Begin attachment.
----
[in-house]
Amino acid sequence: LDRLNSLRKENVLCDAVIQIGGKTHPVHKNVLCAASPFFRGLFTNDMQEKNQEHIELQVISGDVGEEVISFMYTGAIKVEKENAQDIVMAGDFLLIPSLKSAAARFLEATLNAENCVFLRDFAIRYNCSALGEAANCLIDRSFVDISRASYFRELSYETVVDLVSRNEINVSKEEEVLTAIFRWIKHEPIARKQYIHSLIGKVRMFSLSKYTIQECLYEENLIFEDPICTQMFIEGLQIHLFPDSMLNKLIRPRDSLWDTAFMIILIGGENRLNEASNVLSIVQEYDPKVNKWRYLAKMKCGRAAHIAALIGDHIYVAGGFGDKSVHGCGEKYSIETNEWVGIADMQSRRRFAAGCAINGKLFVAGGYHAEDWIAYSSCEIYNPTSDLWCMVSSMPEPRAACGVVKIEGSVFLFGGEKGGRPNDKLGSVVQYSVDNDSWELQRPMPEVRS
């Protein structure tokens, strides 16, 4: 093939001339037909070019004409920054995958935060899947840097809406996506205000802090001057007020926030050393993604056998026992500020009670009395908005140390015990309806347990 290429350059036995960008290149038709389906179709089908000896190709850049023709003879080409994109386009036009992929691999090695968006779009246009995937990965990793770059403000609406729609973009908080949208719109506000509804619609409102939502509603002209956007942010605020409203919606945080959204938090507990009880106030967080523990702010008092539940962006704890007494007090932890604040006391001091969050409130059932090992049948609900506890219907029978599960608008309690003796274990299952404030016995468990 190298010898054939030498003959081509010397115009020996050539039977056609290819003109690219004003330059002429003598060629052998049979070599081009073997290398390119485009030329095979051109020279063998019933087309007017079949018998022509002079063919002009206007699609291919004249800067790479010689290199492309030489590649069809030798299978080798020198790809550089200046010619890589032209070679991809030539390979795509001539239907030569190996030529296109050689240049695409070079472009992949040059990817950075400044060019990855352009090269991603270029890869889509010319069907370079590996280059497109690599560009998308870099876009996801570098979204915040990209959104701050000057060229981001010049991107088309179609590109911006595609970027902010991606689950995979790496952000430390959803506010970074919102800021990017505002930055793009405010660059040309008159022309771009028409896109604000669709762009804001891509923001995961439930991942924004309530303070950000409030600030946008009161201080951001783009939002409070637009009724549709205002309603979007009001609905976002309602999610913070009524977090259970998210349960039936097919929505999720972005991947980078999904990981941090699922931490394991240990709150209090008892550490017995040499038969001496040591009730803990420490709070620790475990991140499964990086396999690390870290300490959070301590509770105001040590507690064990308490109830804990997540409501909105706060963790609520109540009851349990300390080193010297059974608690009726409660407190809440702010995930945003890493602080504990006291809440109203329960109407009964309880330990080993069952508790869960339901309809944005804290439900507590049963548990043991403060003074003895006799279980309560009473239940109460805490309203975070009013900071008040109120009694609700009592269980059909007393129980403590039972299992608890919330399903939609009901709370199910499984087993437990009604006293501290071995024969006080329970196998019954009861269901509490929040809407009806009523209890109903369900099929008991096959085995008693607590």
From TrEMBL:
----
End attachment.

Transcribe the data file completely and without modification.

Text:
[in-house]
Amino acid sequence: LDRLNSLRKENVLCDAVIQIGGKTHPVHKNVLCAASPFFRGLFTNDMQEKNQEHIELQVISGDVGEEVISFMYTGAIKVEKENAQDIVMAGDFLLIPSLKSAAARFLEATLNAENCVFLRDFAIRYNCSALGEAANCLIDRSFVDISRASYFRELSYETVVDLVSRNEINVSKEEEVLTAIFRWIKHEPIARKQYIHSLIGKVRMFSLSKYTIQECLYEENLIFEDPICTQMFIEGLQIHLFPDSMLNKLIRPRDSLWDTAFMIILIGGENRLNEASNVLSIVQEYDPKVNKWRYLAKMKCGRAAHIAALIGDHIYVAGGFGDKSVHGCGEKYSIETNEWVGIADMQSRRRFAAGCAINGKLFVAGGYHAEDWIAYSSCEIYNPTSDLWCMVSSMPEPRAACGVVKIEGSVFLFGGEKGGRPNDKLGSVVQYSVDNDSWELQRPMPEVRS
């Protein structure tokens, strides 16, 4: 093939001339037909070019004409920054995958935060899947840097809406996506205000802090001057007020926030050393993604056998026992500020009670009395908005140390015990309806347990 290429350059036995960008290149038709389906179709089908000896190709850049023709003879080409994109386009036009992929691999090695968006779009246009995937990965990793770059403000609406729609973009908080949208719109506000509804619609409102939502509603002209956007942010605020409203919606945080959204938090507990009880106030967080523990702010008092539940962006704890007494007090932890604040006391001091969050409130059932090992049948609900506890219907029978599960608008309690003796274990299952404030016995468990 190298010898054939030498003959081509010397115009020996050539039977056609290819003109690219004003330059002429003598060629052998049979070599081009073997290398390119485009030329095979051109020279063998019933087309007017079949018998022509002079063919002009206007699609291919004249800067790479010689290199492309030489590649069809030798299978080798020198790809550089200046010619890589032209070679991809030539390979795509001539239907030569190996030529296109050689240049695409070079472009992949040059990817950075400044060019990855352009090269991603270029890869889509010319069907370079590996280059497109690599560009998308870099876009996801570098979204915040990209959104701050000057060229981001010049991107088309179609590109911006595609970027902010991606689950995979790496952000430390959803506010970074919102800021990017505002930055793009405010660059040309008159022309771009028409896109604000669709762009804001891509923001995961439930991942924004309530303070950000409030600030946008009161201080951001783009939002409070637009009724549709205002309603979007009001609905976002309602999610913070009524977090259970998210349960039936097919929505999720972005991947980078999904990981941090699922931490394991240990709150209090008892550490017995040499038969001496040591009730803990420490709070620790475990991140499964990086396999690390870290300490959070301590509770105001040590507690064990308490109830804990997540409501909105706060963790609520109540009851349990300390080193010297059974608690009726409660407190809440702010995930945003890493602080504990006291809440109203329960109407009964309880330990080993069952508790869960339901309809944005804290439900507590049963548990043991403060003074003895006799279980309560009473239940109460805490309203975070009013900071008040109120009694609700009592269980059909007393129980403590039972299992608890919330399903939609009901709370199910499984087993437990009604006293501290071995024969006080329970196998019954009861269901509490929040809407009806009523209890109903369900099929008991096959085995008693607590």
From TrEMBL: